By Mawuse Ziegbe
Puberty would not have been the same without LL Cool J. Honestly who was hotter than shirtless, lip-lickin' LL in 1995? Coolio? Tag Team? Exactly. And yet when Estelle and LL Cool J took over Terminal 5 for the Grammy and T-Mobile tour I was not prepared for how totally phat it would be. Estelle was aiight - she was two-steppin' and bitching about her ex-boyfriend - entertaining but all things I could see any sloshed slag do on a Saturday night. LL weaved through his 20-year-plus repertoire flexing to hits like "Doin' It," "Rock The Bells," "Phenomenon," "I Need Love," "Headsprung," and "Radio" with the energy and abs of a delusional MySpace MC. I spent much of the time jonesing for FUBU, Dunkaroos and general nineties awesomeness. So, mad props to LL and the booty-quaking potency of his def beats.
The Roots don't score as many mainstream snaps as LL but they continue to prove their legendary status with events like the 2nd annual Roots Picnic. Following a typically grizzly Chinatown bus ride to the illadelph, I caught Antibalas' fairly uninspired set. Philly's own Santigold often relies on her fussy downtown b-girl look and heart attack-serious dancers to carry a performance. But she actually smiled and flicked her hair a bit more than usual through songs like "Find A Way," "Unstoppable," and "Say Aha." Throngs of mall-accessorized girls thrashed along to "Creator" and Spank Rock made an anti-climactic appearance during "Shove It." Kid Cudi led a chorus of tri-state area teenagers through his "A Kid Named Cudi" mixtape and pulled the ill Sexual Chocolate move, dropping the mic and walking off. A top-form Public Enemy went on at dusk. Flavor Flav's screwy energy was reassuring, aging hip hop intellectual Chuck D skipped about in great physical form, and Professor Griff did flying kicks. Now that everyone's so on the verge about their prez, PE's anti-government rhetoric didn't resonate as fiercely but backed by The Roots it was easily one of those "tell the grandkids" moments.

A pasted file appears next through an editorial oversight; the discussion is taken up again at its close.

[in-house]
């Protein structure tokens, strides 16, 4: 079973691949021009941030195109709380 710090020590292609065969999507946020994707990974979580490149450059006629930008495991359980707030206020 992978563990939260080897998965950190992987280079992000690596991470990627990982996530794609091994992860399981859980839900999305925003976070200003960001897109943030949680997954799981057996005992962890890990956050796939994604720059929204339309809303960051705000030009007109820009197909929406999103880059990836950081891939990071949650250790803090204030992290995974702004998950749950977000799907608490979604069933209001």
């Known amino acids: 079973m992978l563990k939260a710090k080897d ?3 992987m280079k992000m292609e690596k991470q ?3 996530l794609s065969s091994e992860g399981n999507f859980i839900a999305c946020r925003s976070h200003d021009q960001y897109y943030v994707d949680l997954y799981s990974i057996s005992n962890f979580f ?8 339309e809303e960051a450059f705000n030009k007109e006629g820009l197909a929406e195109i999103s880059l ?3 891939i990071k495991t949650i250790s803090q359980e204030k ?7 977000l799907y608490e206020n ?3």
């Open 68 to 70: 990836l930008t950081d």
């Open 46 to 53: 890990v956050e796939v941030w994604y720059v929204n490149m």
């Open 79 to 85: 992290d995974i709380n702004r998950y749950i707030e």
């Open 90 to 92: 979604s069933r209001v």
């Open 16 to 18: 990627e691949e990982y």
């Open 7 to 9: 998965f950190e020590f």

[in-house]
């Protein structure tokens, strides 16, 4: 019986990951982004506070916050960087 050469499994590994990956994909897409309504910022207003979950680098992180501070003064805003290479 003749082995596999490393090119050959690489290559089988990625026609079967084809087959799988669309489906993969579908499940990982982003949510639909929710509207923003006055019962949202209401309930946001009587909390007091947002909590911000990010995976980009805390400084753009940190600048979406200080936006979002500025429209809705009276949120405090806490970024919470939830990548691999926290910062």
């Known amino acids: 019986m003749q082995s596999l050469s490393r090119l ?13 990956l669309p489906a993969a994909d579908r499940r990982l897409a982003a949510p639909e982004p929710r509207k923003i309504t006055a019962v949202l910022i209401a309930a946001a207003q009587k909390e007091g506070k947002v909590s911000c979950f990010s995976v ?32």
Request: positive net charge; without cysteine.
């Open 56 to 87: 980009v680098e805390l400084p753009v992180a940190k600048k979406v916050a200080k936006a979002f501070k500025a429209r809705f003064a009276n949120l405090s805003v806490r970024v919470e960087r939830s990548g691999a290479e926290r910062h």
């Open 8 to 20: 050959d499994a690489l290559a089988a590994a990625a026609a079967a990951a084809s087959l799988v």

Hip hop proved its awesomeness once again the next day at Hot 97's Summer Jam 2009. Falling in line with the droves of misbehaving teenagers from Jersey seemed like an excellent idea at first. When I noticed Flavor Flav (the very same from the previous day's boho The Roots Picnic) amongst tailgating fans in the parking lot, I knew "excellent" was a major understatement. Mary J. Blige performed a bunch of songs spanning the history of her honey-blonde weaves from her "Just Fine" page boy to her bouncy "Real Love" spirals. Young Jeezy performed a set with special appearances from Jay-Z and TV paraplegic-turned-MySpace phenomenon Drake. The ensuing hysteria for his guest performers compared to the relative slacker clap for Jeezy was kinda awkward. T-Pain did a 20-minute set that was 20 minutes too long (not including the five minutes when Lil' Kim surprised the crowd). And when Dipset took the stage, my low Jim Jones tolerance induced a hasty retreat back to Brooklyn. My favorite rappers don't swath themselves in scarves, they rip their shirts off.